Some are accusing Twitter of applying its policy on hateful conduct unequally after it allowed a tweet from Texas Attorney General Ken Paxton that intentionally misgendered Assistant Health Secretary Rachel Levine to remain on its platform.
On Sunday, USA Today honored Levine, the first openly transgender Senate-confirmed federal official, as one of its “women of the year.”
In a tweet Thursday, Paxton shared an image of Levine from the USA Today feature and called her “a man.” Intentionally misgendering a transgender person, meaning referring to them with the wrong pronouns or by their birth gender, is offensive, and research has shown that it can have negative mental health effects on trans people.
Users reported the tweet, but rather than removing it or suspending Paxton’s account, Twitter flagged the tweet and made it optional for people to view it in their feeds because it said the tweet is in the public’s interest.
In a statement via email, a spokesperson for Twitter said the platform placed a public interest notice on the tweet “as it violates our hateful conduct policy.”
“As is standard with this notice, engagements with the Tweet will be limited,” Twitter said. “People will be able to Quote Tweet the Tweet, but will not be able to Like, Reply or Retweet it.”
At the bottom of Twitter’s statement on Paxton’s tweet, the platform provided a link to a page about “public interest exceptions” to its conduct policies.
“We consider content to be in the public interest if it directly contributes to understanding or discussion of a matter of public concern,” Twitter’s page on “defining the public interest” said. “At present, we limit exceptions to one critical type of public-interest content — Tweets from elected and government officials — given the significant public interest in knowing and being able to discuss their actions and statements. As a result, in rare instances, we may choose to leave up a Tweet from an elected or government official that would otherwise be taken down.”
But some are criticizing Twitter, saying it applies its policy to elected officials unequally. Last year, Twitter temporarily suspended Indiana Rep. Jim Banks’ account after he misgendered Levine, pending his removal of the tweet. It also suspended Missouri Rep. Vicky Hartzler’s account last month after she tweeted “Women’s Sports are for Women, not men pretending to be women,” in reference to a new ad she released about Lia Thomas, a trans swimmer at the University of Pennsylvania who swam some of the top times in the nation this season and won a NCAA championship on Thursday. (Banks and Hartzler are Republicans.)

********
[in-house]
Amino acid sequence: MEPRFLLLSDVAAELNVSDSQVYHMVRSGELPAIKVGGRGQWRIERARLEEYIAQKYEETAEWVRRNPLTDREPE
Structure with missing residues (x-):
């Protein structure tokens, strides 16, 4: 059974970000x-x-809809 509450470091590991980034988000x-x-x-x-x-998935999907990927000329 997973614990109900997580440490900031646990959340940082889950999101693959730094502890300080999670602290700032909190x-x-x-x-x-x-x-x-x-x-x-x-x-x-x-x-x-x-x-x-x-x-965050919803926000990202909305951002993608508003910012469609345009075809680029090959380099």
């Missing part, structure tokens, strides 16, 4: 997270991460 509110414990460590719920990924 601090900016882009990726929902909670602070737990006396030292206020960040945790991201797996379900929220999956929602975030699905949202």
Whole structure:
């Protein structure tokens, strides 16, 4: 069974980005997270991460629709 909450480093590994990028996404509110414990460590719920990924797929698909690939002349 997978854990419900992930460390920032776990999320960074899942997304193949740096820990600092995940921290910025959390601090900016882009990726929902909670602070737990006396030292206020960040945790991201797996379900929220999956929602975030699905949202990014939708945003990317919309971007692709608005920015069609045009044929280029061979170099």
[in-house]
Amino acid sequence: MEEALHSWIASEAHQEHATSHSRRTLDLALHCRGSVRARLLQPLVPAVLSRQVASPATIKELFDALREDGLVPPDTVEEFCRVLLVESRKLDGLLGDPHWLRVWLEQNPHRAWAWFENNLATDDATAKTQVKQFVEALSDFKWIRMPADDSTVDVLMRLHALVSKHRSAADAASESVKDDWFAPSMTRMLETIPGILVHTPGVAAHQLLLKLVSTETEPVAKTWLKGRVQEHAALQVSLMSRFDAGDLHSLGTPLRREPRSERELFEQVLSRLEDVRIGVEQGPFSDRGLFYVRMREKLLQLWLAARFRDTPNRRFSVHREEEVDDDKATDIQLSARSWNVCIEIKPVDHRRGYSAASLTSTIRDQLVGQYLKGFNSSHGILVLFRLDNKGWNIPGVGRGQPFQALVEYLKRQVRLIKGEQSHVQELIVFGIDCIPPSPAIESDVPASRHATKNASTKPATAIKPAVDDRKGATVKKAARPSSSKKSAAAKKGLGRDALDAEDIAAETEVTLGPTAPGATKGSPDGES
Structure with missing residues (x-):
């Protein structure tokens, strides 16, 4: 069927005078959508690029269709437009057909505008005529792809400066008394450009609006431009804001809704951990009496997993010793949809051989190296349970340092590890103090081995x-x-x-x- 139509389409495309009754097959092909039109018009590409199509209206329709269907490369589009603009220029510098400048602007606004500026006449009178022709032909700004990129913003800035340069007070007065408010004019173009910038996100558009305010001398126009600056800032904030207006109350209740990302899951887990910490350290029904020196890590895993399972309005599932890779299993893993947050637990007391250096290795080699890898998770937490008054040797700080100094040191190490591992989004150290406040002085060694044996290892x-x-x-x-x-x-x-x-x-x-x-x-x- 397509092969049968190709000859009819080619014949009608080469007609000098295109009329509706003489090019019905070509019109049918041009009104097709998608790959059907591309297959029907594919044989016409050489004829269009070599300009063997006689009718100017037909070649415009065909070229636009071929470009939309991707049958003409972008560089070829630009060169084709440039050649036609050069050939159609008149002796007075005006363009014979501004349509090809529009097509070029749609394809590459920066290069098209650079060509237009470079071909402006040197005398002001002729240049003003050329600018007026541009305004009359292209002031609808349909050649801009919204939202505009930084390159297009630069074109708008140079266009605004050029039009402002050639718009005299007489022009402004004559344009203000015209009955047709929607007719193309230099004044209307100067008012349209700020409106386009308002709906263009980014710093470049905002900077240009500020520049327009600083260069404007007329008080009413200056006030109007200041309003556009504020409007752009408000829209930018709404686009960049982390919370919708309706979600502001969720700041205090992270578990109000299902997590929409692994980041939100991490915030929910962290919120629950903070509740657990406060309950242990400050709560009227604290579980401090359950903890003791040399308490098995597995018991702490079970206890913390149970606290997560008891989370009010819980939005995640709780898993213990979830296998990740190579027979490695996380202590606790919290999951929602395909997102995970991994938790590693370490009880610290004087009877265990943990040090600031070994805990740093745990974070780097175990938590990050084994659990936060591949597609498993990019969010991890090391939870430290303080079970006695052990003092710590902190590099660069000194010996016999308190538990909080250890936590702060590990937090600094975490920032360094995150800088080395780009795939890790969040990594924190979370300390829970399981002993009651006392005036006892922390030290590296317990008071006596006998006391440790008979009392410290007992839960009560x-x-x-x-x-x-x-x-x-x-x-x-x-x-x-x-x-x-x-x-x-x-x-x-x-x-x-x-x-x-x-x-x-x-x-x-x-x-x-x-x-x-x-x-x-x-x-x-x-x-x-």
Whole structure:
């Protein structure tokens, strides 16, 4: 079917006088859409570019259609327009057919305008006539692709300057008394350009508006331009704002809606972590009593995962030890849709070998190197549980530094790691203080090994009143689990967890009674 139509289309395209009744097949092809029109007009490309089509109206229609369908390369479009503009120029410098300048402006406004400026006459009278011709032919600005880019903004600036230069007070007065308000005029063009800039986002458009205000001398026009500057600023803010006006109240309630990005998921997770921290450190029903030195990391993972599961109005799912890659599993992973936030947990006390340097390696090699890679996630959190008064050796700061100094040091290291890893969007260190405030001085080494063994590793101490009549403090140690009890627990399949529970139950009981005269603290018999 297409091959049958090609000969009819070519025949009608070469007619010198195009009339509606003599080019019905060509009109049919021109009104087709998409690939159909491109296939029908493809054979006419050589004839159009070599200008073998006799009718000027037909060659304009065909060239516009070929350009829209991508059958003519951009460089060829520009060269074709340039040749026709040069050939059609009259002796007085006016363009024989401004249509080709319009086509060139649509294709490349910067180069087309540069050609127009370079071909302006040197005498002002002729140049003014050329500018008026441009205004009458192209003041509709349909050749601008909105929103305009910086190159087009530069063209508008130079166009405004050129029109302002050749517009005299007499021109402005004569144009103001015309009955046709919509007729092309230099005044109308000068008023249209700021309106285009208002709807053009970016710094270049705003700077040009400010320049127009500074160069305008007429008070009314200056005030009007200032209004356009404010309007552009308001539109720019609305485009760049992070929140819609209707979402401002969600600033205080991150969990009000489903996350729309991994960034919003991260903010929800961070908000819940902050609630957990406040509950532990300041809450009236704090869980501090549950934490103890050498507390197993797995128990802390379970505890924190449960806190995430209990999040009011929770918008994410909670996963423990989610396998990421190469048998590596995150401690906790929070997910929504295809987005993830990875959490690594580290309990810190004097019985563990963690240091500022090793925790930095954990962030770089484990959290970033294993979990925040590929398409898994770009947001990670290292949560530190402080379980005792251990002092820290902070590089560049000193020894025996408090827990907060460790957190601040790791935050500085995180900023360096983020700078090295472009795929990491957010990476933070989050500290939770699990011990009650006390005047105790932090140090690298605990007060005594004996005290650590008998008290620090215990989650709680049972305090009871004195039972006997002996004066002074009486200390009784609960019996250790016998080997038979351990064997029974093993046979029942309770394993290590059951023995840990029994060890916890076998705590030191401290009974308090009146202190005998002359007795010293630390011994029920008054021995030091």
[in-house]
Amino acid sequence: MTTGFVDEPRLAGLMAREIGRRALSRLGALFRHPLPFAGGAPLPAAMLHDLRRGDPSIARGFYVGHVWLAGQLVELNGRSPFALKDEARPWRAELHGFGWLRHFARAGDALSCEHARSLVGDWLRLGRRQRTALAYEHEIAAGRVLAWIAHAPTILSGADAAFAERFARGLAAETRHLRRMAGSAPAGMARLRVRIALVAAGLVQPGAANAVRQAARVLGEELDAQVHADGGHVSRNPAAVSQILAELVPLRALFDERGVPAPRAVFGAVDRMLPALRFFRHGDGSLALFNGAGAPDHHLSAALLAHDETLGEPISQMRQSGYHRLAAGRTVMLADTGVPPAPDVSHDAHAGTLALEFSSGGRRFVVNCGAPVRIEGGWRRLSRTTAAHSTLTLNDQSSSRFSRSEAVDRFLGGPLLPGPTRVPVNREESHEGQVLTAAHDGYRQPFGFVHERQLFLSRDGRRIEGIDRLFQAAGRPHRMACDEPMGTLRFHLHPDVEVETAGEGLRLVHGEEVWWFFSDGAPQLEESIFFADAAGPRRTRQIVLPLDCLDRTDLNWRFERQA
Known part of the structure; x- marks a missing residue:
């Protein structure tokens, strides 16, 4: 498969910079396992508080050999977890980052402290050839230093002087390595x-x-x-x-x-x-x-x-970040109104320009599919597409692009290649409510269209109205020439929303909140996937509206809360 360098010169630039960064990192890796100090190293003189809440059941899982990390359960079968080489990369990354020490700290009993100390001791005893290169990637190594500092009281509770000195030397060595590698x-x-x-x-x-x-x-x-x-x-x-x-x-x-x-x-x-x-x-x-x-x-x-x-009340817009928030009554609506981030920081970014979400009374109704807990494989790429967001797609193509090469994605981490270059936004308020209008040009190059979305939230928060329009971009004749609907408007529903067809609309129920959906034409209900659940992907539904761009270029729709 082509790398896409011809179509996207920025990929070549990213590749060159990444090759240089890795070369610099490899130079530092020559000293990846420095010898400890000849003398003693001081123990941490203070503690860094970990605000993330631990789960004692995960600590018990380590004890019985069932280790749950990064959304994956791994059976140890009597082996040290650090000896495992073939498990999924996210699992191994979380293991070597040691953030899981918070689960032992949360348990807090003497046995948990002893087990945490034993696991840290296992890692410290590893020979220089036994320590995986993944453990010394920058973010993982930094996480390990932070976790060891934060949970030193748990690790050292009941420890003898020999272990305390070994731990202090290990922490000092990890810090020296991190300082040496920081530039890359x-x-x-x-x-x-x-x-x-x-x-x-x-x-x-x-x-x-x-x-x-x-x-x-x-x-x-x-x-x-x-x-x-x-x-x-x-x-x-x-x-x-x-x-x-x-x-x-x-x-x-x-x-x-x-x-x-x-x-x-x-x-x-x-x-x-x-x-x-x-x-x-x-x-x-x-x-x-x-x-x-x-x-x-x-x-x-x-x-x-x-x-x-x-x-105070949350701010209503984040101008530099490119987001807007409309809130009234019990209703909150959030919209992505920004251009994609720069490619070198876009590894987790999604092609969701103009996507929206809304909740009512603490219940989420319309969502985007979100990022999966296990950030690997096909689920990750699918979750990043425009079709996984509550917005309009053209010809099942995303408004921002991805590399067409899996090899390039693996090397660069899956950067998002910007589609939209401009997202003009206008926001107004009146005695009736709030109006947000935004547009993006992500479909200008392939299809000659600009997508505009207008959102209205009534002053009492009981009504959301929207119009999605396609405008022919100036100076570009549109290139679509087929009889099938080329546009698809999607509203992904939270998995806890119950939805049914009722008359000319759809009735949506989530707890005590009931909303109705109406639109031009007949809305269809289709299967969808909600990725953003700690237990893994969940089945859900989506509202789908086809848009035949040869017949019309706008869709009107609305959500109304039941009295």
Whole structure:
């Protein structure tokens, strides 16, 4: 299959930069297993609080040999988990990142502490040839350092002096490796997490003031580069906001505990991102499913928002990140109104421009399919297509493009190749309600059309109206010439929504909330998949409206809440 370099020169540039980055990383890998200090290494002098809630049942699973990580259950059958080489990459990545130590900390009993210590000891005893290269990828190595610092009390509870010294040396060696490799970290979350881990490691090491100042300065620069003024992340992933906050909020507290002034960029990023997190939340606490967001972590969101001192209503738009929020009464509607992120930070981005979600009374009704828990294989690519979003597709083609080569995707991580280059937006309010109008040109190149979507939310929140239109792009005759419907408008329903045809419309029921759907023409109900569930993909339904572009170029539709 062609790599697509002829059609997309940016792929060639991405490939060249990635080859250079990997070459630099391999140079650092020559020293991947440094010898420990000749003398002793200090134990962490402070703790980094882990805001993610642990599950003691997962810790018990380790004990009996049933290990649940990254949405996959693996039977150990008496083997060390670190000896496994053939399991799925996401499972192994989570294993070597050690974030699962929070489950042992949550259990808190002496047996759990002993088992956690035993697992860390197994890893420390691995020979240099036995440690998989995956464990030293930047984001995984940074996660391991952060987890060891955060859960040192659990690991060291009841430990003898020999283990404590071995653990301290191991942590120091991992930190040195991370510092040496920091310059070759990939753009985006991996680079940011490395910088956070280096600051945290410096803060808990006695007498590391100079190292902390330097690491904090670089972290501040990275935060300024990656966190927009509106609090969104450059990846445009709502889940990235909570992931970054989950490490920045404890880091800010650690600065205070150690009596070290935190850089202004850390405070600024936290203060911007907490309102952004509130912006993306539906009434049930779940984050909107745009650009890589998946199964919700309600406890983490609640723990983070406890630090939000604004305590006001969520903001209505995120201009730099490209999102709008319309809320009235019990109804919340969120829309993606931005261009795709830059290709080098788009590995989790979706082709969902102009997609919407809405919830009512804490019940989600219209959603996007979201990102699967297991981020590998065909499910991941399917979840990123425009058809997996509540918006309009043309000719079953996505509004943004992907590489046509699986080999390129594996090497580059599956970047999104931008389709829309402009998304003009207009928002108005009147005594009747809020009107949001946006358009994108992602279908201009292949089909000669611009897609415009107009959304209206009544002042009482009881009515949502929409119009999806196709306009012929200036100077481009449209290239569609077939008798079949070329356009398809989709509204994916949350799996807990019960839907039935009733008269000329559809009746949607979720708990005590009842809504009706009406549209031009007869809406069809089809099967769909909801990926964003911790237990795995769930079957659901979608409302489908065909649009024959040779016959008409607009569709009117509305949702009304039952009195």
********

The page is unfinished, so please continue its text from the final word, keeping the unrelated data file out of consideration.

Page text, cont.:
Twitter’s policy on public interest exceptions states that in order to qualify, the account in violation must have at least 100,000 followers. Banks’ account currently has about 84,000 followers, and Hartzler’s has about 2,200.
Some users applauded Twitter for covering Paxton’s tweet with a public interest notice.
But others argued that it should be taken down completely.
Some people said Twitter isn’t enforcing the policy enough because it is allowing accounts that don’t belong to elected officials to misgender Levine.
A trans activist on Twitter pointed out that the platform allowed a tweet from The Christian Post that misgendered Levine to stay up even though the outlet does not meet its criteria for public-interest exceptions.
In response to a question regarding why The Christian Post’s tweet did not violate the conduct policy, a spokesperson for Twitter said, “Per our hateful conduct policy, ‘to help our teams understand the context [in which the Tweets are shared], we sometimes need to hear directly from the person being targeted to ensure that we have the information needed prior to taking any enforcement action.’”
At least one national LGBTQ advocacy group has condemned Twitter’s decision. Sarah Kate Ellis, CEO and president of GLAAD, an LGBTQ media advocacy group, said that simply restricting harmful content “is not enough.”
“Platforming harmful anti-trans rhetoric is not in the public’s interest,” she said in an emailed statement. “Social media companies have a responsibility to remove harmful anti-trans content that violates their own policies. As a four-star admiral and Assistant Health and Human Services Secretary, Dr. Levine is beyond worthy of USA Today’s Women of the Year list, and she, like any human being, is worthy of respect.”
Ellis added that some politicians see “pushing malicious, anti-trans content on social media as part of their election strategy, even with the full knowledge that such content is violative and likely to be removed from the platforms or even get them suspended,” calling it “absolutely shameful.”
Paxton has recently doubled down on efforts to target transgender people in Texas, with some advocates calling them politically motivated.
Last month, he said in a nonbinding legal opinion that providing gender-affirming medical care such as puberty blockers and hormone therapy to minors is considered child abuse under current Texas law. He issued the opinion after the Legislature failed to pass a bill last year that would’ve made such care child abuse.
Texas Gov. Greg Abbott, also a Republican, affirmed the opinion and directed citizens and licensed professionals who work with children to report anyone they think is providing gender-affirming medical care to minors. The state has since opened nine investigations, but a judge issued a temporary injunction against them last week pending the outcome of a lawsuit filed by the ACLU.
Paxton released his opinion a week before he faced a competitive GOP primary election. He will now face a runoff race in May.